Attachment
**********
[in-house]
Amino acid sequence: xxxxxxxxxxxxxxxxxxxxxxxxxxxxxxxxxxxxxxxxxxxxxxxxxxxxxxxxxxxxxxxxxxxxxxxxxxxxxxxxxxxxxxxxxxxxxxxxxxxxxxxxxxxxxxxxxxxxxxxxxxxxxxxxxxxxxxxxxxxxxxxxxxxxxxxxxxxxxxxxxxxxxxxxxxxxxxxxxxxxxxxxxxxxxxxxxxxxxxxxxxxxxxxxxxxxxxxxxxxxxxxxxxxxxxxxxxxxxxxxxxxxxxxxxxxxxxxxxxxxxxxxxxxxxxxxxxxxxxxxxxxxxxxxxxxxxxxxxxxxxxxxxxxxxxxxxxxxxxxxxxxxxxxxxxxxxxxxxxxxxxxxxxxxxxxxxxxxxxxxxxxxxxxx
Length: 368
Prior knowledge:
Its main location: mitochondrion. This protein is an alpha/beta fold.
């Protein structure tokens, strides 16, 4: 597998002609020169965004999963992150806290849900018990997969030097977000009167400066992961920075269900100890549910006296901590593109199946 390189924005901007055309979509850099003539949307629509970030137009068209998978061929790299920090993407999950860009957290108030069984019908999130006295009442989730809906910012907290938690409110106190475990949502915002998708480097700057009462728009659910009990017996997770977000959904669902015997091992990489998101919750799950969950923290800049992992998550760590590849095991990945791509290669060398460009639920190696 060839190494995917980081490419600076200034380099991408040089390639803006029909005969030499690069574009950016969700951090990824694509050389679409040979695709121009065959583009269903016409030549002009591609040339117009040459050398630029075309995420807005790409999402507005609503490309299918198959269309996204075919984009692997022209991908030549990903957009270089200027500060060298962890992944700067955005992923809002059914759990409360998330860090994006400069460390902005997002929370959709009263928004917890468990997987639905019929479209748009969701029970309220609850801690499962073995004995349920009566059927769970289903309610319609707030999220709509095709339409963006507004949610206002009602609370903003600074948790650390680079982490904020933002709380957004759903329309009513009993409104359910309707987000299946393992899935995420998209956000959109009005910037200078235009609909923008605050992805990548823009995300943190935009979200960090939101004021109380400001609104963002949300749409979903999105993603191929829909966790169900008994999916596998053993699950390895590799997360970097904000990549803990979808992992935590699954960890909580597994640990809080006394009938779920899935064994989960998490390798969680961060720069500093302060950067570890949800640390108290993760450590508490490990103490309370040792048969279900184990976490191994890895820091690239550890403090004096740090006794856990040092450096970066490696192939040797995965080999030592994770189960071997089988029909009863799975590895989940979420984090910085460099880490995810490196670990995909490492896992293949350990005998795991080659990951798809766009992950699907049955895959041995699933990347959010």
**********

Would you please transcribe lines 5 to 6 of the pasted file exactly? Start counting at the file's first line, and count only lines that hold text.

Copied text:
Its main location: mitochondrion. This protein is an alpha/beta fold.
């Protein structure tokens, strides 16, 4: 597998002609020169965004999963992150806290849900018990997969030097977000009167400066992961920075269900100890549910006296901590593109199946 390189924005901007055309979509850099003539949307629509970030137009068209998978061929790299920090993407999950860009957290108030069984019908999130006295009442989730809906910012907290938690409110106190475990949502915002998708480097700057009462728009659910009990017996997770977000959904669902015997091992990489998101919750799950969950923290800049992992998550760590590849095991990945791509290669060398460009639920190696 060839190494995917980081490419600076200034380099991408040089390639803006029909005969030499690069574009950016969700951090990824694509050389679409040979695709121009065959583009269903016409030549002009591609040339117009040459050398630029075309995420807005790409999402507005609503490309299918198959269309996204075919984009692997022209991908030549990903957009270089200027500060060298962890992944700067955005992923809002059914759990409360998330860090994006400069460390902005997002929370959709009263928004917890468990997987639905019929479209748009969701029970309220609850801690499962073995004995349920009566059927769970289903309610319609707030999220709509095709339409963006507004949610206002009602609370903003600074948790650390680079982490904020933002709380957004759903329309009513009993409104359910309707987000299946393992899935995420998209956000959109009005910037200078235009609909923008605050992805990548823009995300943190935009979200960090939101004021109380400001609104963002949300749409979903999105993603191929829909966790169900008994999916596998053993699950390895590799997360970097904000990549803990979808992992935590699954960890909580597994640990809080006394009938779920899935064994989960998490390798969680961060720069500093302060950067570890949800640390108290993760450590508490490990103490309370040792048969279900184990976490191994890895820091690239550890403090004096740090006794856990040092450096970066490696192939040797995965080999030592994770189960071997089988029909009863799975590895989940979420984090910085460099880490995810490196670990995909490492896992293949350990005998795991080659990951798809766009992950699907049955895959041995699933990347959010």